EGU General Assembly 2022
© Author(s) 2022. This work is distributed under
the Creative Commons Attribution 4.0 License.

Sinistral Strike Slip Faults of the Kyrgyz Tien Shan

Ian Pierce1, Kanatbek Abdrakhmatov2, Sultan Baikulov2, Erkin Rakhmedinov2, Gulkaiyr Tilek Kyzy2, Ben Johnson1, Gordon Seitz3, Ramon Arrowsmith4, Magali Rizza5, and Richard Walker1
Ian Pierce et al.
  • 1University of Oxford, Oxford, United Kingdom
  • 2Kyrgyzstan Institue of Seismology, Bishkek, Kyrgyzstan
  • 3California Geological Survey, Menlo Park, United States
  • 4School of Earth and Space Exploration, Arizona State University, Tempe, United States
  • 5Aix Marseille Univ., CNRS, IRD, INRAE, College De France, CEREGE, Aix‑en‑Provence, France

The Tien Shan are an intracontinental mountain belt experiencing shortening as a result of far field deformation from the ongoing India-Eurasian collision. At the longitude of Kyrgyzstan the Tien Shan accommodate ~20 mm/yr of shortening. In central Kyrgyzstan, the most well studied faults include the northwest-striking right-lateral Talas Fergana fault and the series of east-striking reverse & thrust faults that form the basins and subranges that accommodate most of this compression. Yet in satellite imagery, some of the most prominent fault ruptures appear on a series of east-northeast-striking left-lateral strike slip faults. Little is known about the paleoseismology, rate of slip, or tectonic role of these faults. Here we present new drone-based high resolution topography and imagery along with geomorphic, geochronology, paleoseismic, and slip rate data for four of these sinistral faults. The studied faults are in the Aksay, Kazarman, Issyk Kul, and Song Kol basins. These data reveal that each fault has produced Holocene surface ruptures with single event displacements as great as 5-7 m along faults as long as ~100 km, corresponding to M~7.5 earthquakes. We propose a structural model to explain how these faults may have evolved from reverse faults that have rotated about their horizontal axis and then reactivated as strike slip faults due to their optimal alignment in the current stress field. How the existence of these faults affects seismic hazards is a question of discussion, as they are currently not considered in the regional strain budget that is largely based on compression.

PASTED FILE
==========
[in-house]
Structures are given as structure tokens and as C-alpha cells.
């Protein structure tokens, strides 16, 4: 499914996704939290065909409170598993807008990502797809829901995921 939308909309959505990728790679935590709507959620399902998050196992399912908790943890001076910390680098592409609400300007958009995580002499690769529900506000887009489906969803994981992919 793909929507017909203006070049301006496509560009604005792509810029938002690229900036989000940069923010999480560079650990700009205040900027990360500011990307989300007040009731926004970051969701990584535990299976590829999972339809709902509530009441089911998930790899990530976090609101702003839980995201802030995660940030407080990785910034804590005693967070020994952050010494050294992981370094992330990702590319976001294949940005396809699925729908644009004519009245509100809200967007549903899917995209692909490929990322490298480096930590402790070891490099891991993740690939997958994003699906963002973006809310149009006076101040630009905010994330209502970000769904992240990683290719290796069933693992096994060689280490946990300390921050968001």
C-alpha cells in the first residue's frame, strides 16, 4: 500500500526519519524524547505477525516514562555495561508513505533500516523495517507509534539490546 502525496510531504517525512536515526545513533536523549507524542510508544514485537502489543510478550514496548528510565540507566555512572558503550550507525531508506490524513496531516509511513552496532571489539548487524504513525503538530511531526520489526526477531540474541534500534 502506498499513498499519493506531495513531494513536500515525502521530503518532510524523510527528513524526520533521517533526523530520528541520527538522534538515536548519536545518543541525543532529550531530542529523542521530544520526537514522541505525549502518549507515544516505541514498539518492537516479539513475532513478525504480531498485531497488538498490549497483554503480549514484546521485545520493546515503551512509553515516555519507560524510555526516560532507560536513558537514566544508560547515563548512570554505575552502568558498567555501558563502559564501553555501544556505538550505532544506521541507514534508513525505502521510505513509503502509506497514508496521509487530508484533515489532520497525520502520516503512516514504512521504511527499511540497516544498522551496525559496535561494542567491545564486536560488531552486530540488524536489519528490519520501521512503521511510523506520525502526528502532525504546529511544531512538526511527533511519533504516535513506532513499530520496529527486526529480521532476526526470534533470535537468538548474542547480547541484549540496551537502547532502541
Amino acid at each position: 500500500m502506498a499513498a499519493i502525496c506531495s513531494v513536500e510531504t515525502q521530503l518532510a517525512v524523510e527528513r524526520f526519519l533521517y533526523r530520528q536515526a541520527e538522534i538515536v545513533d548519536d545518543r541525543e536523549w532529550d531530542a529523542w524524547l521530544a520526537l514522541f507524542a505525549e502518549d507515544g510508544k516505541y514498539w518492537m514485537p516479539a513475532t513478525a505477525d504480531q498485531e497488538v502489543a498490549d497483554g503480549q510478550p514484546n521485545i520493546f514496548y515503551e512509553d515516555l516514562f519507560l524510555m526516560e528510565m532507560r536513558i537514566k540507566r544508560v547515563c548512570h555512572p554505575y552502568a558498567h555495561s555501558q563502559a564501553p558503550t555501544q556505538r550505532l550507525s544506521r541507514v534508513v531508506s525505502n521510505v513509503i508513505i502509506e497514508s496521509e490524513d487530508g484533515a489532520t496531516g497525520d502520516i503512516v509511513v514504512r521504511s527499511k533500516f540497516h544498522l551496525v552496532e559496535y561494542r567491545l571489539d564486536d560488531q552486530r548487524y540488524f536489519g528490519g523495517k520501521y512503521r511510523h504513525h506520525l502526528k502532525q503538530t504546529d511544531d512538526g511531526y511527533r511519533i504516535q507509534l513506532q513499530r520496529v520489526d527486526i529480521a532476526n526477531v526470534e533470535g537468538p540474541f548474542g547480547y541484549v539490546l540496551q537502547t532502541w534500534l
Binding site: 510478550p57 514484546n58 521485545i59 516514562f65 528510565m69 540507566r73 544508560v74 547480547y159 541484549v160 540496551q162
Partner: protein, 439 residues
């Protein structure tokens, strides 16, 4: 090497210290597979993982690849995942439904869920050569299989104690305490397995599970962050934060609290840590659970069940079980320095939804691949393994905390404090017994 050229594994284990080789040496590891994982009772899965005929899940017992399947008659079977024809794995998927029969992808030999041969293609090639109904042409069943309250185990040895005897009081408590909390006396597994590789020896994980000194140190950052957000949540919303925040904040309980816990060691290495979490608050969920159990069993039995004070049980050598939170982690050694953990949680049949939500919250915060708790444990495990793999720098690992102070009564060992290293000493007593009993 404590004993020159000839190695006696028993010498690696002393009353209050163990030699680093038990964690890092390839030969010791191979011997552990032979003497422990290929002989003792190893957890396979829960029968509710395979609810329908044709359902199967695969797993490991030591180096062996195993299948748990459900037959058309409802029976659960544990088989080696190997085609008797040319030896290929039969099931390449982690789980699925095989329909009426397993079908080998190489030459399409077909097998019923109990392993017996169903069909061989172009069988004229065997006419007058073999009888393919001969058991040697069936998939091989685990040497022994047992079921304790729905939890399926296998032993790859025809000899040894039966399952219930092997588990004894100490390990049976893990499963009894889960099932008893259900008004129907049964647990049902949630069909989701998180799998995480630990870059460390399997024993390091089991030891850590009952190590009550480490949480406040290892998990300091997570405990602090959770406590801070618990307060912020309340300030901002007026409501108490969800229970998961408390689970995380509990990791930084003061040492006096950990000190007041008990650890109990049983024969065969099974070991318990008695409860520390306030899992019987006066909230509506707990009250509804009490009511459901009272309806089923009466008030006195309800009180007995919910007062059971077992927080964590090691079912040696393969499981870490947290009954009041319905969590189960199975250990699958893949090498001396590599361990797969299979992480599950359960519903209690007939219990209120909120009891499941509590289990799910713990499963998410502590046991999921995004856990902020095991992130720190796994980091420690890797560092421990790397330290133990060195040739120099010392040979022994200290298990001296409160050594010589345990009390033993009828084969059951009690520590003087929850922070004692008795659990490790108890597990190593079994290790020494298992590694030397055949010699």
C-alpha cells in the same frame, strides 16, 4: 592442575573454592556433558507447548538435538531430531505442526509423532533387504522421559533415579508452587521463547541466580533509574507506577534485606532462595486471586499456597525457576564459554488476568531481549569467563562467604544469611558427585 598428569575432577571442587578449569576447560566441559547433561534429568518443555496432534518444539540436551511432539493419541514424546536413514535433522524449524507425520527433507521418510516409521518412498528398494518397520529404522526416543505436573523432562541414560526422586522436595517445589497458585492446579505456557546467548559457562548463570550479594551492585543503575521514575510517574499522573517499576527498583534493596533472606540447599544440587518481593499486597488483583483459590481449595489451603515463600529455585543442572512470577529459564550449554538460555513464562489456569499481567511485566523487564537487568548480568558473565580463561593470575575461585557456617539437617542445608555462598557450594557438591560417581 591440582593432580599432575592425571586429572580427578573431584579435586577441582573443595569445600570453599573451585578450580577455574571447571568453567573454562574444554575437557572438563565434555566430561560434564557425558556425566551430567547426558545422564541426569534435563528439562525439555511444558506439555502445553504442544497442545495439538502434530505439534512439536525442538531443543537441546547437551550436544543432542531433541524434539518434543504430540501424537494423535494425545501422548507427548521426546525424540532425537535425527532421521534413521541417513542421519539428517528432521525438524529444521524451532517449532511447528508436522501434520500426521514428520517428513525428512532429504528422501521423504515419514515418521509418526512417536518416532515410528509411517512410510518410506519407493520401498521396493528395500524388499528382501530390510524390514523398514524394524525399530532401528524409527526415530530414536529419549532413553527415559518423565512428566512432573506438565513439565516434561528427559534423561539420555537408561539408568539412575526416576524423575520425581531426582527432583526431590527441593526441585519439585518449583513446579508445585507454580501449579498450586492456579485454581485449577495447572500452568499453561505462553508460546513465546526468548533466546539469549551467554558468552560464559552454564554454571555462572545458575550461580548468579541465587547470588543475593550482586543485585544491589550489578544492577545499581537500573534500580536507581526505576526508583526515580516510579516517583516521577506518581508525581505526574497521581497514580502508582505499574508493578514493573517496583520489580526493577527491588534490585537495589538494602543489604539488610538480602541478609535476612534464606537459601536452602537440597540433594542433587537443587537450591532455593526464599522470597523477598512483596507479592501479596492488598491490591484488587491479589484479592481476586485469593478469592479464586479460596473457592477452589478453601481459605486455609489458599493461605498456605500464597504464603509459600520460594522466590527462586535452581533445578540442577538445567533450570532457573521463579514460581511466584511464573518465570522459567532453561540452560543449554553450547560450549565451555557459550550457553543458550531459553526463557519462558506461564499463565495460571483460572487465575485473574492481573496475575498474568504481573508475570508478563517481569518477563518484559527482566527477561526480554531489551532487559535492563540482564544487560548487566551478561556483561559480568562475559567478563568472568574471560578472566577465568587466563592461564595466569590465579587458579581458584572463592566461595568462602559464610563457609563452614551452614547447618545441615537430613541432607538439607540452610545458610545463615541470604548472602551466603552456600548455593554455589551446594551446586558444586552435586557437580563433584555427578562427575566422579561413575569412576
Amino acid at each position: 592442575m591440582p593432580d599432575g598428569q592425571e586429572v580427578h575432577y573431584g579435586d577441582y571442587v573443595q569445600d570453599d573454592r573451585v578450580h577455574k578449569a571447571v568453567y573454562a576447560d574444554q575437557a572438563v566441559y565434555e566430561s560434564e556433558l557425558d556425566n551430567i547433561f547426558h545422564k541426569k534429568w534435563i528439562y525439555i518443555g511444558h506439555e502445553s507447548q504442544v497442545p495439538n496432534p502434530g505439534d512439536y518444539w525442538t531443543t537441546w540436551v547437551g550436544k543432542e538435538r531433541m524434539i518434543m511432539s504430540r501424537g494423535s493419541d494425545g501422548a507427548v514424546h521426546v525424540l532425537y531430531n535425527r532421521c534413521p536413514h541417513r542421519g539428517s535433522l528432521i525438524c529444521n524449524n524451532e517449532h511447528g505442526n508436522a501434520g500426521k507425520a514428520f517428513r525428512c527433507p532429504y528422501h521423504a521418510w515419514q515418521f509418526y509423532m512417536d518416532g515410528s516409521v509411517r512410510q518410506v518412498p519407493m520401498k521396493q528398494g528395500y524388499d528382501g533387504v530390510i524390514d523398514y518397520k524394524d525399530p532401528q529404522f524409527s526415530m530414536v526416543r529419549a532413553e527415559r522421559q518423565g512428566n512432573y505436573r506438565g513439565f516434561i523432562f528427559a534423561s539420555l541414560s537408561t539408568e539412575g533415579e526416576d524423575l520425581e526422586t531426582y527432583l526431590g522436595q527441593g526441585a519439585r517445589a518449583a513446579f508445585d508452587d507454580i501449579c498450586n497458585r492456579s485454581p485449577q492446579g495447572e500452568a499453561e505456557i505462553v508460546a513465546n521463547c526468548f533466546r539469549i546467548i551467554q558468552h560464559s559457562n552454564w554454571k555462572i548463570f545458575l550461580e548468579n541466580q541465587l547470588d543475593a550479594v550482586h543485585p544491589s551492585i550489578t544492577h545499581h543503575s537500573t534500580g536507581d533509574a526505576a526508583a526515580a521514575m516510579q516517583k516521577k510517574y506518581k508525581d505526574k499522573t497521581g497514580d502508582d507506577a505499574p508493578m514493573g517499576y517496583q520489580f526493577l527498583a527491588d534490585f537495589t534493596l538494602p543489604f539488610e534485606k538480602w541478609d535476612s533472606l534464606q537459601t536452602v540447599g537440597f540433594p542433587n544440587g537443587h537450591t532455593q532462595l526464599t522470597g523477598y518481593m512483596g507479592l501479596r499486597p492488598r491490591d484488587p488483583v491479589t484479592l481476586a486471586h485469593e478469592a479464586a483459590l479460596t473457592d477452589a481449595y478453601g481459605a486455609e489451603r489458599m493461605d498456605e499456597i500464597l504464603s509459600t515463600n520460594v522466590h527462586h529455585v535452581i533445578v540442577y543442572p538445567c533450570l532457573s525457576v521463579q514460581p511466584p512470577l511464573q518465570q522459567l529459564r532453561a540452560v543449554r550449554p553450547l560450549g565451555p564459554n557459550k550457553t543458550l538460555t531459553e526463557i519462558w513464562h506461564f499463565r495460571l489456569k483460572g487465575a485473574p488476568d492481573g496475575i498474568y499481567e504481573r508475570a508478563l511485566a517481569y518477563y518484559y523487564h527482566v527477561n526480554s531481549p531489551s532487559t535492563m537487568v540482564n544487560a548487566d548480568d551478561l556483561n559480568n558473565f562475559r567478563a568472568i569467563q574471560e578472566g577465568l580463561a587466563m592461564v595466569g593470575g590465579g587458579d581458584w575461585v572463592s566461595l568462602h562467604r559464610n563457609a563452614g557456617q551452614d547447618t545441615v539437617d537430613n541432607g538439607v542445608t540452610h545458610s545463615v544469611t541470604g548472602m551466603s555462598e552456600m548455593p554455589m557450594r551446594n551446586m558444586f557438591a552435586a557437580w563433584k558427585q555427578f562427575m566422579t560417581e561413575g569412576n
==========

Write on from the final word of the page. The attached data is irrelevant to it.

How to cite: Pierce, I., Abdrakhmatov, K., Baikulov, S., Rakhmedinov, E., Tilek Kyzy, G., Johnson, B., Seitz, G., Arrowsmith, R., Rizza, M., and Walker, R.: Sinistral Strike Slip Faults of the Kyrgyz Tien Shan, EGU General Assembly 2022, Vienna, Austria, 23–27 May 2022, EGU22-529,, 2022.